Common form of vitamin C proves "remarkable" at fighting deadly sepsis
Results from a clinical trial have shown that a pH-balanced form of vitamin C, sodium ascorbate, is effective in treating sepsis, which claims 270,000 American adult lives every year.
“Sepsis accounts for 35–50% of all hospital deaths," said Yugeesh Lankadeva, the study's lead investigator at the Florey Institute of Neuroscience and Mental Health, Australia. "It occurs when the immune system fails to fight off an underlying infection, causing life-threatening falls in blood pressure, multiple organ failure, and death."
While it's notoriously difficult to treat, scientists from the Florey in Melbourne are now moving onto the next phase of testing, with a nationwide trial of 300 hospital patients, after hugely promising results from the first stage of testing on sepsis sufferers.
In the first trial of 30 patients receiving intensive care treatment, 15 were given sodium ascorbate via their bloodstream and 15 a placebo. Those who were given sodium ascorbate produced more urine, suggesting improved kidney function, and required less noradrenaline treatment to restore blood pressure to a safe range. It also resulted in signs of better organ function across the board.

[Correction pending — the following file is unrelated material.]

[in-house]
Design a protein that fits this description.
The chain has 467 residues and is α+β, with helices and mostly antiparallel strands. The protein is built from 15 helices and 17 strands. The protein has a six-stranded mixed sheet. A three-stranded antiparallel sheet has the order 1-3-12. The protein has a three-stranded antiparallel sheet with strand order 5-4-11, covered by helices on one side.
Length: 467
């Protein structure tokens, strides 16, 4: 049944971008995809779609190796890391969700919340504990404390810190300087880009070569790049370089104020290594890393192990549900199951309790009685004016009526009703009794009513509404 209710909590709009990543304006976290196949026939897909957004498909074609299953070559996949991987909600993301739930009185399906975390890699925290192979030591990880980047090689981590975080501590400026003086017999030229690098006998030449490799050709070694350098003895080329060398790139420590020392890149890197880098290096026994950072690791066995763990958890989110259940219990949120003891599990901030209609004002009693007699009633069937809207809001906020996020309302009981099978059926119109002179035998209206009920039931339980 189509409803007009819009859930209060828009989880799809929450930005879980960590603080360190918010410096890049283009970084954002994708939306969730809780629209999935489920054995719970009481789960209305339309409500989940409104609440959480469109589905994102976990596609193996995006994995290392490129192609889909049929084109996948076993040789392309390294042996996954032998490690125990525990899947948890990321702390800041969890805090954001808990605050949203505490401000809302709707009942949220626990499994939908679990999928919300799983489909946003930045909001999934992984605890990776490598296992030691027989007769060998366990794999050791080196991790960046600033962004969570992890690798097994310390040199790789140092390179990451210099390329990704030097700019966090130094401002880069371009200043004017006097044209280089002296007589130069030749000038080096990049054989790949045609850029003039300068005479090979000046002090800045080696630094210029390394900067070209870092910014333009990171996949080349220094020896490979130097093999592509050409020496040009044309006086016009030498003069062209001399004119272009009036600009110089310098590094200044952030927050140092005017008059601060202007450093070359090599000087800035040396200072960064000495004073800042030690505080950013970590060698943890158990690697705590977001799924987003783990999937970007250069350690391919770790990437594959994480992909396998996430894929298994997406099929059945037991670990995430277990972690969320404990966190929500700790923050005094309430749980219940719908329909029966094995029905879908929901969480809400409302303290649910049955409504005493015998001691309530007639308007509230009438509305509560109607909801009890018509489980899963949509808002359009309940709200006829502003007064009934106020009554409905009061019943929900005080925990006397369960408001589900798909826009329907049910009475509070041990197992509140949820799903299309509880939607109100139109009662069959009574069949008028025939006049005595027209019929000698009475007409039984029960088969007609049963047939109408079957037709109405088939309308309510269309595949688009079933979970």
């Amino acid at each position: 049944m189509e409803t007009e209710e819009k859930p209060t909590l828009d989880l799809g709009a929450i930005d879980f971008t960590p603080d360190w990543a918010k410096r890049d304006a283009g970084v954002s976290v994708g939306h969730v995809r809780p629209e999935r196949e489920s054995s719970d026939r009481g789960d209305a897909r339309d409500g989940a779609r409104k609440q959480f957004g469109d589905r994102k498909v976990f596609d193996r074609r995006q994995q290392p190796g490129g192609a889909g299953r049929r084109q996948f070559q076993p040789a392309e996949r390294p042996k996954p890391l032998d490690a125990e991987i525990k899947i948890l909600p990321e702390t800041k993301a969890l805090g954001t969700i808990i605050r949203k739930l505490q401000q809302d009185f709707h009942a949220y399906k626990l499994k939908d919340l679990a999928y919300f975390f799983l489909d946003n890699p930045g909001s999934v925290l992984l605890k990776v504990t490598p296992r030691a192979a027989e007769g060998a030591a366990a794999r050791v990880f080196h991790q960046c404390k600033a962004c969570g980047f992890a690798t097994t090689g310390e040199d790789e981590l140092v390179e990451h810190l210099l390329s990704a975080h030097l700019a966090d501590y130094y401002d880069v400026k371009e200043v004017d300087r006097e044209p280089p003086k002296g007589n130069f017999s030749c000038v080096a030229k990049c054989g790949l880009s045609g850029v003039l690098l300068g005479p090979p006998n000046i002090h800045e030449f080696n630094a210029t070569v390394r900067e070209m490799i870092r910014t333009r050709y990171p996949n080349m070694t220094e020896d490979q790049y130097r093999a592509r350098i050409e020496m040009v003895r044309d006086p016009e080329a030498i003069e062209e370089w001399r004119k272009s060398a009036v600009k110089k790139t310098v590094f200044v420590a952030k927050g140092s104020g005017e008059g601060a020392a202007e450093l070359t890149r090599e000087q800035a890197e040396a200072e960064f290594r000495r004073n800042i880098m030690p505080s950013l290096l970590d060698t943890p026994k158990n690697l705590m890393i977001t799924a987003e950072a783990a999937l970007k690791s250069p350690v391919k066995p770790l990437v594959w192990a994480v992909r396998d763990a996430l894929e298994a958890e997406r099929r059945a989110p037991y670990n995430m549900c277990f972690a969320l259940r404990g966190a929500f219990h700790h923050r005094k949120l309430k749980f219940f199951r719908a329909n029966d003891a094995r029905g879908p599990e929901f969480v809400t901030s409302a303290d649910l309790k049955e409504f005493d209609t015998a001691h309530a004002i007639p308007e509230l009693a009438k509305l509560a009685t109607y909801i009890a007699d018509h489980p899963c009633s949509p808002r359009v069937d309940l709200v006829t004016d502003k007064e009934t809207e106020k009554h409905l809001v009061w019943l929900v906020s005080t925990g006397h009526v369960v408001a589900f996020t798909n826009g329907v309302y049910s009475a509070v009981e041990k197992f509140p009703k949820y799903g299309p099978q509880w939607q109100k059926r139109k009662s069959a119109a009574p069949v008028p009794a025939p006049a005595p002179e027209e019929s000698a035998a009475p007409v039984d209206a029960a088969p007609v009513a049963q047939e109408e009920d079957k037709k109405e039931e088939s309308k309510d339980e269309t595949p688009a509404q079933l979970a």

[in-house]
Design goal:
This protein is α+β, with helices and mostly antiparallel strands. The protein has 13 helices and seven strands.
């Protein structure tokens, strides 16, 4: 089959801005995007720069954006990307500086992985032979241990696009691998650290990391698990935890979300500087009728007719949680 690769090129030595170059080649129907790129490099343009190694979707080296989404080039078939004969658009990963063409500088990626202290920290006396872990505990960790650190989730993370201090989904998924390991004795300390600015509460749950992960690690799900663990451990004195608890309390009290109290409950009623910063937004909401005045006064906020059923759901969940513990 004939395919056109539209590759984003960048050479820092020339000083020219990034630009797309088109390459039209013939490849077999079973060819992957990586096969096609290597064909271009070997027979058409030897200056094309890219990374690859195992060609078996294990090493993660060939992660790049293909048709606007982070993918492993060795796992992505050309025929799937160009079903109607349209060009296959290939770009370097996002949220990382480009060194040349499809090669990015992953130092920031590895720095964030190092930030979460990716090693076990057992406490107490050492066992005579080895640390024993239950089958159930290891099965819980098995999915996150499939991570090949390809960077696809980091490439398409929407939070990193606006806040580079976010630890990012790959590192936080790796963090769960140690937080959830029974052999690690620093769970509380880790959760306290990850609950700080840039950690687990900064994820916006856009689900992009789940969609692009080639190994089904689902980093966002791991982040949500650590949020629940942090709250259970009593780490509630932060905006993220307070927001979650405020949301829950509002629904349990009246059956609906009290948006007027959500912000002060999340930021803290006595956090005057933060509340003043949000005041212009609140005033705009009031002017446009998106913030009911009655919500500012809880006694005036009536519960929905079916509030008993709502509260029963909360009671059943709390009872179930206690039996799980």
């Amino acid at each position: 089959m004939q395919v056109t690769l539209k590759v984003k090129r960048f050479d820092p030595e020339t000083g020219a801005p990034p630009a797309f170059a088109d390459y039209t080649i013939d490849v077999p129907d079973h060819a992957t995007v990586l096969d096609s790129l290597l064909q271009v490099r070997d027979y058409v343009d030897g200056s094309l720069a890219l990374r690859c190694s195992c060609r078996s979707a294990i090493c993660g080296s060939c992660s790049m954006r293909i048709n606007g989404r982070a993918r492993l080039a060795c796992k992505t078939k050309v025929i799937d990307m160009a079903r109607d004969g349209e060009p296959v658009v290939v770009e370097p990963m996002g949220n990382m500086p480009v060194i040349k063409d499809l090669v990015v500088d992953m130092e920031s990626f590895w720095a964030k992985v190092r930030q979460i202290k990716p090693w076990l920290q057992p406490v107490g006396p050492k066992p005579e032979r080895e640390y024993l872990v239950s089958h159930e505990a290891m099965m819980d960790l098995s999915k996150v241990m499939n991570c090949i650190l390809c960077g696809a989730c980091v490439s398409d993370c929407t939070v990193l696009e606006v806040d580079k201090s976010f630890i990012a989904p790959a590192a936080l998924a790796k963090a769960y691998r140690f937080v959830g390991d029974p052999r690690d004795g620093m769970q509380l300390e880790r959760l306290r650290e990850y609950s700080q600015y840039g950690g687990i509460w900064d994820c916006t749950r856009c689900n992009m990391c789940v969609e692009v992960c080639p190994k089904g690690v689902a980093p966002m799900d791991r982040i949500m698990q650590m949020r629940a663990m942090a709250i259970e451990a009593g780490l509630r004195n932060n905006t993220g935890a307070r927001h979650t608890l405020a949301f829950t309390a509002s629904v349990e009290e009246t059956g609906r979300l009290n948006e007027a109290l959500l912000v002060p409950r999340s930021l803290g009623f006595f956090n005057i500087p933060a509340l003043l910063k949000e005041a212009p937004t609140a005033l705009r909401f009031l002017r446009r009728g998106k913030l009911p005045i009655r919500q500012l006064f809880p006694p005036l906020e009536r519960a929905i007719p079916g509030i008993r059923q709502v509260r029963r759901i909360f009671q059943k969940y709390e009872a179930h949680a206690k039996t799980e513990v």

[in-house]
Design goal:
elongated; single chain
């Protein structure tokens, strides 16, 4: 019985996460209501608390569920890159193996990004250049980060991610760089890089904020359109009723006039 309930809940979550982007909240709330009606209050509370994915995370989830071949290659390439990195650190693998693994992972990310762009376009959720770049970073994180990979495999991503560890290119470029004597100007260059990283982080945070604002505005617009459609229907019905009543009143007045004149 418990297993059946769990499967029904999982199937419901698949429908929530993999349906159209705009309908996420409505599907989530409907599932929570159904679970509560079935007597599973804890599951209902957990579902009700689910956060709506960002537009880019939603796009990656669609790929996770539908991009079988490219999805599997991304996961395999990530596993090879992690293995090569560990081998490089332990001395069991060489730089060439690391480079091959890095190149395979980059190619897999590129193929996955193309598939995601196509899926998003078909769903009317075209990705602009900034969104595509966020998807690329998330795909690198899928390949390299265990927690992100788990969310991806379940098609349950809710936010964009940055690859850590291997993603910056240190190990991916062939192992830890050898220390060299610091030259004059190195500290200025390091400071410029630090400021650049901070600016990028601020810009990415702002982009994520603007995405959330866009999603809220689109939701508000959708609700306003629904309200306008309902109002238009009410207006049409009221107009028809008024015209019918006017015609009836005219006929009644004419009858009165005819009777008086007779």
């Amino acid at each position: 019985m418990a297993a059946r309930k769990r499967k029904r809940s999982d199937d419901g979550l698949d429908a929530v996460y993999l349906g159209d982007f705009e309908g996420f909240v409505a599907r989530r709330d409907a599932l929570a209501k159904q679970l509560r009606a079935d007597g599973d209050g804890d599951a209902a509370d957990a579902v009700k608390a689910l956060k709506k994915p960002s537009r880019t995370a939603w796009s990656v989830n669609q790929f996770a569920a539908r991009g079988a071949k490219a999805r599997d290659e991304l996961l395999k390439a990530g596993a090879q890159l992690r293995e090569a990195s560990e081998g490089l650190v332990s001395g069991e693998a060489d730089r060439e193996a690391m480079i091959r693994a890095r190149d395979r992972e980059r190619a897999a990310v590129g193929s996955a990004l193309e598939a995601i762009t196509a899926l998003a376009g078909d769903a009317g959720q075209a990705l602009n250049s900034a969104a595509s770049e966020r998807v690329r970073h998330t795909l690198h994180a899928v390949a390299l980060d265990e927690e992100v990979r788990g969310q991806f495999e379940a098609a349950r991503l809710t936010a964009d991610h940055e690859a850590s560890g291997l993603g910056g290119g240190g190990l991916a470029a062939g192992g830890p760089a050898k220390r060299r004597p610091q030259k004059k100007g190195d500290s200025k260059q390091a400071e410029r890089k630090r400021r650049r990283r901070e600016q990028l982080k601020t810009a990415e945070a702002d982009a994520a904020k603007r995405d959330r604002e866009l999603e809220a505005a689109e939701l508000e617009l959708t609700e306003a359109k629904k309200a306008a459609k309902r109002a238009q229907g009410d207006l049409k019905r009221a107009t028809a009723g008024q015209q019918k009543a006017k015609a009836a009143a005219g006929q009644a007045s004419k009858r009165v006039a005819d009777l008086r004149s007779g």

“Sepsis is the biggest killer in intensive care units,” Professor Bellomo said. “It often develops so quickly that patients are already critically ill by the time they reach us. A treatment that acts quickly, is safe and highly effective would be an absolute game-changer.”
Around 1.7 million American adults develop sepsis each year. Telltale signs are fever, chills, rapid breathing and heart rate, rash, confusion, and disorientation. Because these symptoms are shared by a lot of serious illnesses, sepsis is particularly difficult to diagnose and treat in its early stages.
“We’ve seen dramatic results in our work with preclinical studies, where an extremely high dose of sodium ascorbate resulted in full recovery within just three hours, with no side effects," said professor Clive May, who has spent more than two decades researching sepsis treatment. It’s heartening to see all those years of painstaking research pay off with a treatment now within reach for patients."
The research was published in the journal Critical Care.
Source: The Florey